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Theoretical Perspective on Behaviorism and What an Effective Teacher Understands

by Catherine Donges, studioD

Effective teachers understand that best practices are rooted in the ability to apply theoretical principles into both their daily interaction with students and into their planning and implementation of instruction. Behaviorism is a form of learning theory that offers specific assistance to teachers in developing instructional strategies. However, it also has limitations that make it impractical to use in some situations. Effective teachers understand that no one theory explains all student learning.

History of Behaviorism

Behaviorism is one of the oldest forms of learning theory and is based on the assumption that the only scientific way of studying human psychology is through direct observation of behavior. Speculations about motivation and underlying thought are not scientific because they cannot be observed or measured. The earliest forms of behaviorist research examined animal behavior. Pavlov's experiment with eliciting salivation in dogs with sound cues was an example.

Behaviorism in Education

Some students are reinforced by good grades.

George Brown, author of "Assessing Student Learning in Higher Education" and "How to Learn," defines learning as the modification of behavior brought about by experience. When teachers set learning goals and formulate measurable objectives, break down tasks into easier, prerequisite skills and reward students accomplishments with praise and good grades, they are using behaviorist principles.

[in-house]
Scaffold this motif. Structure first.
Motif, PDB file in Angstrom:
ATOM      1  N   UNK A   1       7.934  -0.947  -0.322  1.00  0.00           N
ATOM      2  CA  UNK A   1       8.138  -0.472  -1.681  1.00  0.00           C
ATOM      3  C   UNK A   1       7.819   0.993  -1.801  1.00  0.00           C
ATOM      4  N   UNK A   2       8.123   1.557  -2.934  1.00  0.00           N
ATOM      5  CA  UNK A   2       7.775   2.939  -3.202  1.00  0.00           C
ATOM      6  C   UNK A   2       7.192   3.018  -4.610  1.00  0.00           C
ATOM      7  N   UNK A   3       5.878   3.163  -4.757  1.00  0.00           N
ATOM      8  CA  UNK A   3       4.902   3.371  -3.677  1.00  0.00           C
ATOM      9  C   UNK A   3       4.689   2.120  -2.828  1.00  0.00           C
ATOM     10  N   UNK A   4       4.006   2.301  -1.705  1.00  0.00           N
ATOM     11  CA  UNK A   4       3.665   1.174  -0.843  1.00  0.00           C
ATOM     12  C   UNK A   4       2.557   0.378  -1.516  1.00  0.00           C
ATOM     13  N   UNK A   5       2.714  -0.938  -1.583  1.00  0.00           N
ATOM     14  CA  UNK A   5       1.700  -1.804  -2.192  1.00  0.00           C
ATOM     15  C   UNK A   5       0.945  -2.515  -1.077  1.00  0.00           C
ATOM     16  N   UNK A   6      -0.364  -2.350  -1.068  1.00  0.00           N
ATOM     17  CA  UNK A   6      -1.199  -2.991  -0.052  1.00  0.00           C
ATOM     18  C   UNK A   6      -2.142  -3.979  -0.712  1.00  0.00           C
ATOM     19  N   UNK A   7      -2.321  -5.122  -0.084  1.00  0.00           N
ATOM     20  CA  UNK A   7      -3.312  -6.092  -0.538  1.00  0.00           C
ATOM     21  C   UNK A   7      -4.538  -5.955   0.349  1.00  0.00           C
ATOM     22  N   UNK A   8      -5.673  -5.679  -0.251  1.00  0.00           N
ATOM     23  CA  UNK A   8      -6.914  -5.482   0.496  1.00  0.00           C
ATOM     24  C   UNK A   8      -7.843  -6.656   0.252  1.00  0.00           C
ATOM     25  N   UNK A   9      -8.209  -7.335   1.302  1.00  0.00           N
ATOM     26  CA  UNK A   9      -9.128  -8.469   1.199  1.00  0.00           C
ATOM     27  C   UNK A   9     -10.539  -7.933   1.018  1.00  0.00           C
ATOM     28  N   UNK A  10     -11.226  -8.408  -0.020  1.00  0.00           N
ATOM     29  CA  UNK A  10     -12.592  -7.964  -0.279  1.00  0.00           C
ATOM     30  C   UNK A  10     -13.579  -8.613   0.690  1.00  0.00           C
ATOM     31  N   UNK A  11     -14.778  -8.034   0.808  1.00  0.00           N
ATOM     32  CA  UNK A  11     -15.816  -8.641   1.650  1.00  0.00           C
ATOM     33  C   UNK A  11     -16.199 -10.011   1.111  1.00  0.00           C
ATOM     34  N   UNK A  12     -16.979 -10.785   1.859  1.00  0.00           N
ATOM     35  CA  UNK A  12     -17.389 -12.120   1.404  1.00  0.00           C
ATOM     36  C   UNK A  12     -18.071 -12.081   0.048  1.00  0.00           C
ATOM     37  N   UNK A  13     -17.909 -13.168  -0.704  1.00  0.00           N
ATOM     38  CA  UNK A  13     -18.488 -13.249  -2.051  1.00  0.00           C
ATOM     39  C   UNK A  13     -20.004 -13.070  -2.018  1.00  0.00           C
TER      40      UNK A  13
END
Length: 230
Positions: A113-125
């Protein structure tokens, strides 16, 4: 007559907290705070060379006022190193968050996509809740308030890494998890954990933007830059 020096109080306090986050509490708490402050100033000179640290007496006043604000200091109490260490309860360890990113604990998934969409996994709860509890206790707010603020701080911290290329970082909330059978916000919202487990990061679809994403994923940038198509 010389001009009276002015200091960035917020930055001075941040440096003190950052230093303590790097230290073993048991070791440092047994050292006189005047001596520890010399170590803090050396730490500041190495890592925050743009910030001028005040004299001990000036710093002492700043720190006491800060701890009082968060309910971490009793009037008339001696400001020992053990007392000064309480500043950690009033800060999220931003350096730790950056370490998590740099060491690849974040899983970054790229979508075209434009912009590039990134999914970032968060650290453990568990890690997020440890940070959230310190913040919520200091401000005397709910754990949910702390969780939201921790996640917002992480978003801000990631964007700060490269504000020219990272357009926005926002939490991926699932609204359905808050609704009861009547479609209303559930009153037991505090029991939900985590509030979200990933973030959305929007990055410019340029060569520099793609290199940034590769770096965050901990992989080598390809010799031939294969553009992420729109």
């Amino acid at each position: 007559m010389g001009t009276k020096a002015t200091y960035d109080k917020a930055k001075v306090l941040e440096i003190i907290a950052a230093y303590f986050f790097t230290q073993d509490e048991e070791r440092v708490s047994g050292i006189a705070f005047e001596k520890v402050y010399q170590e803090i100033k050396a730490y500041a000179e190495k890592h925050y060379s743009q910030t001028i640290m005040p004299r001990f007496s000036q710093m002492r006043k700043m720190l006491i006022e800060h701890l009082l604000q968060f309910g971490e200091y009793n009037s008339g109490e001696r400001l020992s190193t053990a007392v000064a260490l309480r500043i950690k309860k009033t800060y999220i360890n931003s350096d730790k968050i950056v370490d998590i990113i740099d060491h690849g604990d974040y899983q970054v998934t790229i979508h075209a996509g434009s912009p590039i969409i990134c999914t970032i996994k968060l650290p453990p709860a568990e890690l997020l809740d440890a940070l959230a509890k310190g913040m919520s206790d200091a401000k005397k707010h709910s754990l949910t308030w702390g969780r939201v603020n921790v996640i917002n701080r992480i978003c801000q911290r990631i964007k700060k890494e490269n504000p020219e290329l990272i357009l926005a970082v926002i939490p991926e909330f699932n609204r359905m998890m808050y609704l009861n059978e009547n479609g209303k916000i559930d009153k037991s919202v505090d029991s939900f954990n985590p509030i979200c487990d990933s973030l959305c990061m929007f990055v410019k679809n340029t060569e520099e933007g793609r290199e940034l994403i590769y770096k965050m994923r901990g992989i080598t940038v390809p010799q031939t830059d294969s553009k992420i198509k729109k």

Positive Implications for Practice

Frequent drill and practice of basic skills leads to increased accuracy and automaticity.

According to the Teacher’s Resource Center of the University of California Berkeley, behaviorism relies heavily on drill and practice in order to insure that the learning takes place and has proven most effective in areas where memorization is required and where there is one right answer. It is logical, therefore, that teachers use behaviorist practices in assisting students to acquire basic skills. For example, a teacher might instruct students in how to multiply, provide them with worksheets multiplication facts and time them. The goal is for the student to increase accurate responses while building the ability to recall the facts quickly, rather than stopping to figure out the answers. There are also times when it is the preferable teaching approach because it relies on teacher-centered, direct instruction. Students who have gaps in background knowledge and students who have learning disabilities often have difficulty inferring information, using reasoning and applying what they learn in one area to another -- all skills common to other learning theories. By using direct instruction, the teacher insures that what the students learn what they need to know.


Teachers who use behaviorism as their primary theory do not teach students to think critically, solve problems, apply knowledge to new situations, innovate or evaluate their experiences. Furthermore, pure behaviorists ignore the social aspects of learning and key skills, such as collaboration and communication. According to the Partnership for 21st Century Skills, an organization devoted to helping students be ready for entry into the global economy, these skills are critical to a student's ability to function in today's innovative society. Teachers may find they need to take a more eclectic approach in implementing instruction that fosters a well-rounded knowledge base and needed skill sets.

About the Author

Based just outside of Harrisburg, Pa., Catherine Donges teaches adjudicated adolescents in a residential treatment facility in York, Pa. Donges earned both her Master of Arts and a Master of Fine Arts in creative writing from Wilkes University and a Master of Science in education from Capella University and has written both a women's fiction and a young adult novel.

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